What is the Project Management Institute?
The Project Management Institute, or PMI, is one of the largest professional organizations in the world. Founded in 1969 in response to the increasing demand for skilled project managers, the PMI has grown to become a leading force in the field, and no business whose operations require project management can truly thrive without its services. Below we summarize the various activities that the PMI undertakes, including setting standards, providing training, performing research, and providing networking opportunities.
The PMI claims over half a million members in more than 180 different countries. It consists of about 250 regional chapters, as well as 30 “communities of practice,” in which project management specialists from specific fields can come together. Fields with PMI communities of practice include retail, pharmaceuticals, marketing, and government, to name a few.
Setting Global Standards
The PMI has set 12 international standards for both project management and project portfolio management. These standards have been recognized by the American National Standards Institute. It has also printed over three million copies of its Guide to the Project Management Body of Knowledge (or PMBOK Guide).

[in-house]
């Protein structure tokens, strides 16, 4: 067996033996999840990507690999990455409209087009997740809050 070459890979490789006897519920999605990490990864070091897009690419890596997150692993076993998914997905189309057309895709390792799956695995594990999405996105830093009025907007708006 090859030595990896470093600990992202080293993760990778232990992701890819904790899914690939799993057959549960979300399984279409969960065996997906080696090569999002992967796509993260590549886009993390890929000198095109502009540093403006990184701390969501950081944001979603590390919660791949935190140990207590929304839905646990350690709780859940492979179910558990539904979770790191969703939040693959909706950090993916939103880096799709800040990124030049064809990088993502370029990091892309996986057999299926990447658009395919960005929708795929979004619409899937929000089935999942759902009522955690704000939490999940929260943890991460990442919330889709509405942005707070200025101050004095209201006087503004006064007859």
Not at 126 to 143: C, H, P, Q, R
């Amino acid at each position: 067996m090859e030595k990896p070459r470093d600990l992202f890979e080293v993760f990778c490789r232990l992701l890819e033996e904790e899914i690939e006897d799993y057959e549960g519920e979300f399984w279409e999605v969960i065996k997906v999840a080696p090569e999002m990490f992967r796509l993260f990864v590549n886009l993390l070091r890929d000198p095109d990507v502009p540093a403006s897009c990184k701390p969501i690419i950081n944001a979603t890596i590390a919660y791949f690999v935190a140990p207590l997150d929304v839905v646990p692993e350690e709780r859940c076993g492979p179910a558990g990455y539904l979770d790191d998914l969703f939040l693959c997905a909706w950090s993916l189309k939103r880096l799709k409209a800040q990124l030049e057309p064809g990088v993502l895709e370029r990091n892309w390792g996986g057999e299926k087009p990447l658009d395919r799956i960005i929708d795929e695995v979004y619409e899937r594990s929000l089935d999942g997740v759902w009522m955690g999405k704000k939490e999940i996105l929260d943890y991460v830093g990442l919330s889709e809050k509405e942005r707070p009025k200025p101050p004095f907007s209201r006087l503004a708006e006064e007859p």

Education and Training
One of the PMI’s chief activities is providing educational services that allow project managers to develop and improve upon necessary skills. There are about 1400 Registered Education Providers, located in over 70 countries, for this purpose. In addition, the PMI regularly holds SeminarsWorld events, 2-4 day courses where attendees can receive training or continuing education credits.
Through the PMI, project managers can study and receive the following certifications, each of which is awarded through a combination of training and a computer-based multiple-choice examination:
- Certified Associate in Project Management (CAPM)
- Project Management Professional (PMP)
- Program Management Professional (PgMP)
- PMI Risk Management Professional (PMI-RMP)
- PMI Scheduling Professional (PMI-SP)
The holder of a certificate from the PMI is likely to make a higher salary than a similar manager who does not have certification.
PMI’s Research Program has spent $16 million on research since its founding in 1997. PMI researchers work to expand the frontiers of our understanding of project management topics, and to communicate their findings to the wider world through research conferences, publication in academic journals, and educational programs such as those discussed above. The PMI also publishes its own journal, entitled Project Management Journal.
Last but not least, the PMI offers an excellent avenue for expanding members’ business connections through its many seminars and conferences. The relationships built through the PMI can have an important impact on a project manager’s career.